Monday, January 3, 2011

Life gets in the way of a blog about death

I've got two kids - a teen and a tweener - and they keep me incredibly busy, so yes, it's been a long time since the last post.  Yeah, life gets in the way of my genealogy research and my graveyard hopping, but that's OK. 

Anyway, it's hard to want to graveyard hop in Minnesota in the middle of winter.  It's just not as... inviting as those warm fall days with the leaves all changing....

Since my last post, I have watched the GeneaBloggers' prompts for 52 Weeks to Better Genealogy, and though I haven't posted about any of them, there was one in particular that really caught my interest.  It was week #44, end-Oct/beg-Nov:
Research ways to give back to the genealogy community. A great deal of genealogy information on line was put there by volunteers. This week, your challenge is to examine some different ways genealogists can donate their time and effort in kind.

One of the first places mentioned for volunteer genealogical work was Find A Grave.   I love Find A Grave.  I clicked over there and realized there was something I could do.  There's a very small private family cemetery near me that is placed incorrectly on all kinds of maps (including Google Maps and MapQuest).  I contacted Find A Grave and gave them the information to correct that.  I told them where the cemetery actually is, what  it's called and another name it's also known as.  And since I had just been there (taken there by my double 4th cousin, whom I met through Ancestry.com) and taken pictures of every headstone, I offered to set up the names of the people interred there!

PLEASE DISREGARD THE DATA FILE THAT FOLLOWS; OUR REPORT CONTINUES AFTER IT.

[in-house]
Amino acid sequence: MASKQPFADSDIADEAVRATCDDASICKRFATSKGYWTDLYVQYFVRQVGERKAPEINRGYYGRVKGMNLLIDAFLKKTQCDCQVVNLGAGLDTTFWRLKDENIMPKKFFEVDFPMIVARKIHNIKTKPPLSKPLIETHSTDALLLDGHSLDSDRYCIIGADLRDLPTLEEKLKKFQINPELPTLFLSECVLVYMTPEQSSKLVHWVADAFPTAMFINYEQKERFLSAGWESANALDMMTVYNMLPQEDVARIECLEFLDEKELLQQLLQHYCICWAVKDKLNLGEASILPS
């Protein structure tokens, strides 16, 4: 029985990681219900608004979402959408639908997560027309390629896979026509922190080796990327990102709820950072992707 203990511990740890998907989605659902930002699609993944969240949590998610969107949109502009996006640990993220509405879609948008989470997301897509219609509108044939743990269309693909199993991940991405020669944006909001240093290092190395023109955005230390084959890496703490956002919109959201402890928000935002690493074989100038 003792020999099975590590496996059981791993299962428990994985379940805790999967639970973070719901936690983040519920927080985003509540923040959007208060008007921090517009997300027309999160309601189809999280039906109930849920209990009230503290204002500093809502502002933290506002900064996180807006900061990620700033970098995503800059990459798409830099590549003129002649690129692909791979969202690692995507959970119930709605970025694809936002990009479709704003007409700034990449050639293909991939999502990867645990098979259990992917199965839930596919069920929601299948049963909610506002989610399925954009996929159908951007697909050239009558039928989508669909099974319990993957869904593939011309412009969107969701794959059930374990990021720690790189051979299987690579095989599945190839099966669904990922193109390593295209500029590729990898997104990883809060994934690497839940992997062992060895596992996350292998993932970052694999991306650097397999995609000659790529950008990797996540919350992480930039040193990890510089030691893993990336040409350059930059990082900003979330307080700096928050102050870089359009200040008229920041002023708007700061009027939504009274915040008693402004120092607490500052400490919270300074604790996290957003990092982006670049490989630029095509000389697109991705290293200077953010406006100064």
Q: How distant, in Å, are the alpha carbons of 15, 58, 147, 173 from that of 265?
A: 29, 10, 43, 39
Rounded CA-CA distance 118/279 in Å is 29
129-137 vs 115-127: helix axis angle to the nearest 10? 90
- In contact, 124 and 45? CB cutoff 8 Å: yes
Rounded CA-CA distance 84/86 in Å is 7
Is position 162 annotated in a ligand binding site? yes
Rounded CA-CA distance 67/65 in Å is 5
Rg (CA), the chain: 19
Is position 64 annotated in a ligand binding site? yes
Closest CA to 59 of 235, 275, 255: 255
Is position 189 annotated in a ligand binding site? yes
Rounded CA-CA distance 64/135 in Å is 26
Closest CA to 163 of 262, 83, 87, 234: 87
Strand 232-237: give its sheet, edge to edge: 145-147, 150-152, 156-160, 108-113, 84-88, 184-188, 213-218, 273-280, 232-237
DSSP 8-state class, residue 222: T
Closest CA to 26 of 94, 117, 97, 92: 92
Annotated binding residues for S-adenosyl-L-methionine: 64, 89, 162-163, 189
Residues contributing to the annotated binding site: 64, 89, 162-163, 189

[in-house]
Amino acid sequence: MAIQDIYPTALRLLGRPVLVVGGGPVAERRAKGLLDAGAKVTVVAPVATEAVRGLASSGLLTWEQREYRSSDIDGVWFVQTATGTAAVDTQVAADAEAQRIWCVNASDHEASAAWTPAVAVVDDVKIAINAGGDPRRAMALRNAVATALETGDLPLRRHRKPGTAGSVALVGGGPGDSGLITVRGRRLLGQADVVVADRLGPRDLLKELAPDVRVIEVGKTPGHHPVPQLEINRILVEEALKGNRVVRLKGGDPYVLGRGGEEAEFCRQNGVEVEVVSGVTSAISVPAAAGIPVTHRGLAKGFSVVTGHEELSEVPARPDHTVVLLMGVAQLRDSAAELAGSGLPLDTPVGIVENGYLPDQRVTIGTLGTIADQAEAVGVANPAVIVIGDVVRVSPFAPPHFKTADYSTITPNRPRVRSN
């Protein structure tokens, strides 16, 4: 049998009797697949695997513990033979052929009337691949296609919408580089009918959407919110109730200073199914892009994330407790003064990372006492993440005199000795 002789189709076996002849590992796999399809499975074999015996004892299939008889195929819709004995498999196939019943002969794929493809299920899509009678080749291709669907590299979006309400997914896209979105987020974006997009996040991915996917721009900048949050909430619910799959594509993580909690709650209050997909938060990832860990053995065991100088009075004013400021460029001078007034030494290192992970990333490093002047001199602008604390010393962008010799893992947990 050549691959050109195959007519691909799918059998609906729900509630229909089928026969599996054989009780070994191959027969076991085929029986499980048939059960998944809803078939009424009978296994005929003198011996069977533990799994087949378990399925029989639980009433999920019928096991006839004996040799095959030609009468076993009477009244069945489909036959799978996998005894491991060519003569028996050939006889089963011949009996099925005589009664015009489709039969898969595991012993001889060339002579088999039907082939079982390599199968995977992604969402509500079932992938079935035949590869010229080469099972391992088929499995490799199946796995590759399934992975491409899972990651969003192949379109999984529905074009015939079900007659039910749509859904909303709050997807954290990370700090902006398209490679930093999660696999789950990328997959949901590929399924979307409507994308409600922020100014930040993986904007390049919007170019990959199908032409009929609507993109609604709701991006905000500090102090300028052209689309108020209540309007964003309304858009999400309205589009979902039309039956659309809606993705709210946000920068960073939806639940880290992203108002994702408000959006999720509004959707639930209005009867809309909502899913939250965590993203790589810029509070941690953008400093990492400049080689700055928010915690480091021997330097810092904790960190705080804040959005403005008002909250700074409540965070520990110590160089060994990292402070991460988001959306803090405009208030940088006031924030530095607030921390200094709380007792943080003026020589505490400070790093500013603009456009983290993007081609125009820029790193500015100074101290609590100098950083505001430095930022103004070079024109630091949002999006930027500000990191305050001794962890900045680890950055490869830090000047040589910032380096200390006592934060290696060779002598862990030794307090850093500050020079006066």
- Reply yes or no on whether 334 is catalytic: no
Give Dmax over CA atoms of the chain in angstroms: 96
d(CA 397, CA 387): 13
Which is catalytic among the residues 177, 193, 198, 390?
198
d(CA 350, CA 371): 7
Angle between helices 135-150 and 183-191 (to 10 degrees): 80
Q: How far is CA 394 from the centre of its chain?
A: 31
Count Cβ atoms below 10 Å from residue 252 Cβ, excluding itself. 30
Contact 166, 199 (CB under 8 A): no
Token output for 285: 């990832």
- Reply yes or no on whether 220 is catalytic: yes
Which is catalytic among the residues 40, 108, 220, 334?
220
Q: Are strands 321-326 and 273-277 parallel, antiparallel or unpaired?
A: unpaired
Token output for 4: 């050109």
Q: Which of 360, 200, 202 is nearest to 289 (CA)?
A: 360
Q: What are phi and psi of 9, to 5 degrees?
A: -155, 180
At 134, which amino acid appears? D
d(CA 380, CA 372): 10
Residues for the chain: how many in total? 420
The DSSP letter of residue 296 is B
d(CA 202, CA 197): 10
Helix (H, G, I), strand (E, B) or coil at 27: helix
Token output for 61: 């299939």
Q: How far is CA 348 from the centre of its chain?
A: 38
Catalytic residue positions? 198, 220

Because of my e-mail, Find A Grave made the corrections, and I have started listing the interments!  How cool is that??  Even cooler, I've had another distant relative contact me  through Find A Grave because of that!  And even cooler than that, he had an actual photograph of my 3rd great grandmother, Anna Gee Aldritt (1805-1890). 


And I know for sure it's really her, because she looks remarkably like one of her daughters, Jemima Aldritt Trumble (left, 1835-1891), of whom I already had a picture.

And how cool is that??  So, the moral is, pay it forward, and it comes back to you.  The genealogy community is fabulously generous with information.  Help out wherever you can, to pay back those who worked hard to put your information where you found it! 

And dream of nicer days for cemetery hopping!




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This work by Kimberly Adams is licensed under a Creative Commons Attribution-NonCommercial-NoDerivs 3.0 Unported License.